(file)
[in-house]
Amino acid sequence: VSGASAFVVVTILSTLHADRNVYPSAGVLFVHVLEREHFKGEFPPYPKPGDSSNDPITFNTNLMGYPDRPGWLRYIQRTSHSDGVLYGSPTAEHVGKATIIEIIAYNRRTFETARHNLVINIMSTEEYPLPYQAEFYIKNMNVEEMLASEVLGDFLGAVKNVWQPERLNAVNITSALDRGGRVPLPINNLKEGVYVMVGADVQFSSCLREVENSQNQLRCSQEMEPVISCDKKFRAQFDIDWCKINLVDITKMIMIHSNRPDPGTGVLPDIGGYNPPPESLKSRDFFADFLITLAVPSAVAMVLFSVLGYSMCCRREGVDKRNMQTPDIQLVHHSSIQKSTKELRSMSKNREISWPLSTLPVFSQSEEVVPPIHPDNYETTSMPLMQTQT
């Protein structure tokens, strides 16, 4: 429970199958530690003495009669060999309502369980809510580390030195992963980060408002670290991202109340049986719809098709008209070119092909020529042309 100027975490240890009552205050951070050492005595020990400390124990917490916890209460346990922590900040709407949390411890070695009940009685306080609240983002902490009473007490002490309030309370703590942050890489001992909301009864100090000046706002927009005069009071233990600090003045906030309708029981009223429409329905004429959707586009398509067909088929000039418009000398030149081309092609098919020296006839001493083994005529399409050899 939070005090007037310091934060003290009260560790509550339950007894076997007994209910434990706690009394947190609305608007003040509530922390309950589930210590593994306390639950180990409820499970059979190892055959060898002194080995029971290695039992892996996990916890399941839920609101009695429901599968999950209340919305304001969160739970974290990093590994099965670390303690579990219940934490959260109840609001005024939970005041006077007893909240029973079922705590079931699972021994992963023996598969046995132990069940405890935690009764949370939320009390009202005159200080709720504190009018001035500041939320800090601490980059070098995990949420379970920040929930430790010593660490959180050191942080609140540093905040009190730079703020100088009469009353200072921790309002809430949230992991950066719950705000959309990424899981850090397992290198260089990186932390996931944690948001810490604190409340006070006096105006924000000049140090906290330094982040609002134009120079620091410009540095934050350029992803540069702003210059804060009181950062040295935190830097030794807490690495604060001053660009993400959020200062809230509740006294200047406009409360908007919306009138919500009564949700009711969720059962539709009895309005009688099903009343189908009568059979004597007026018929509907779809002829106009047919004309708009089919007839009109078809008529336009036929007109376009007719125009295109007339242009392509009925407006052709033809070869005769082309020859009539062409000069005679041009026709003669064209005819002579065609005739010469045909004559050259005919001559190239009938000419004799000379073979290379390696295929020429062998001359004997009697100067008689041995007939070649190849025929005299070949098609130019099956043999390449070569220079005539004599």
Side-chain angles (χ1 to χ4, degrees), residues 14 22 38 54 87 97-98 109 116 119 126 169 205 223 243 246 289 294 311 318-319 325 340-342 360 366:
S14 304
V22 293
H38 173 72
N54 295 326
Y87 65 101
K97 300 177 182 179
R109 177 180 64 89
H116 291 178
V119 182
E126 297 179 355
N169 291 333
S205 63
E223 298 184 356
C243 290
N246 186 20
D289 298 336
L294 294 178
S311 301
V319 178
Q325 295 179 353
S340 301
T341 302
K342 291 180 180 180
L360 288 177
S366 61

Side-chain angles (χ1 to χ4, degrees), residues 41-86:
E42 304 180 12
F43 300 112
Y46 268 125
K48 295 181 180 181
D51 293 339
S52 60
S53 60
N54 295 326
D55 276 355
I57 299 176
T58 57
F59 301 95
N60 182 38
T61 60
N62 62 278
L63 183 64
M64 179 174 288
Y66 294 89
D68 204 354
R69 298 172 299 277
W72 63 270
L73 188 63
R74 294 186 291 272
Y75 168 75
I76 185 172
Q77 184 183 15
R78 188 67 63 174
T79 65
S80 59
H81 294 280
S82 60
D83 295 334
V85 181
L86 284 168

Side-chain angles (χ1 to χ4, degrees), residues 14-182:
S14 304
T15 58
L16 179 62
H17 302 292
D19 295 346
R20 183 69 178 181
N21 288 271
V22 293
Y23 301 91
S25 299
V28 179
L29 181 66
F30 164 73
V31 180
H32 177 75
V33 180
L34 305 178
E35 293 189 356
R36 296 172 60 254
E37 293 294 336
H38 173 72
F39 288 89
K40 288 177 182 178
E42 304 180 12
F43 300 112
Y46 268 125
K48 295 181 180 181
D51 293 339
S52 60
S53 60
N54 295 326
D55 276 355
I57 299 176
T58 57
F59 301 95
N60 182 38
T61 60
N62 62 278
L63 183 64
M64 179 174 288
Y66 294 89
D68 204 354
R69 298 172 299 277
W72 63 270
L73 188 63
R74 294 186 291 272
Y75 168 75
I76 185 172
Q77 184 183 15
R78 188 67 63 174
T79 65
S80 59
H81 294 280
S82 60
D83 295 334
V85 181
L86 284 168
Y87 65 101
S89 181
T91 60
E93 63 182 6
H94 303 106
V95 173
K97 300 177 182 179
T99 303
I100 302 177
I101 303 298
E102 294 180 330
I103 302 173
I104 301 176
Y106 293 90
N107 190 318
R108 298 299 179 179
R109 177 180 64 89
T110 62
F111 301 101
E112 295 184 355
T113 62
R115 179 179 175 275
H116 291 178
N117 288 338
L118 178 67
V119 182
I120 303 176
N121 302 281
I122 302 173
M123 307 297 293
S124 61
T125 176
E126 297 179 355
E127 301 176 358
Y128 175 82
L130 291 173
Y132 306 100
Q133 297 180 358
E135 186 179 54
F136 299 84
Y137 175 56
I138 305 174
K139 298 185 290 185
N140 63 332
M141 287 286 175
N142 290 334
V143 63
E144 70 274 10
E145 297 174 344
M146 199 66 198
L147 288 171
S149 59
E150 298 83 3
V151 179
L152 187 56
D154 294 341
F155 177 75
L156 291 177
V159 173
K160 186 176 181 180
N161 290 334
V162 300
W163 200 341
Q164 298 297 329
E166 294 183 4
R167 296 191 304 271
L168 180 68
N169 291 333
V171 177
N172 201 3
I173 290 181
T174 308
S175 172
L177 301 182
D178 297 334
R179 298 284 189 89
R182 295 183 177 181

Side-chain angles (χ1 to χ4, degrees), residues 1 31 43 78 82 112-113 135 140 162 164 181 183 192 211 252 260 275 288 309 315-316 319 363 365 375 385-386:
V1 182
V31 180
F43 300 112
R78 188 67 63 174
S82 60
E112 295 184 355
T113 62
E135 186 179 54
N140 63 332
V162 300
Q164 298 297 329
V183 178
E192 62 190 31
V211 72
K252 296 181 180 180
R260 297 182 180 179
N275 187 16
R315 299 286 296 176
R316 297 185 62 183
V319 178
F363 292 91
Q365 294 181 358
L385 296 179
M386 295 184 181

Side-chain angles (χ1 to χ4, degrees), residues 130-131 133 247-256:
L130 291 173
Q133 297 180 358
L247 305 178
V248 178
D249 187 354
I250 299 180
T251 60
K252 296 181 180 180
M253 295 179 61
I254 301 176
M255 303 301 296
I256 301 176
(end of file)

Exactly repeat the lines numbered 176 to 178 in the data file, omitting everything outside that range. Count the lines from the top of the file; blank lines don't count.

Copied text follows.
V151 179
L152 187 56
D154 294 341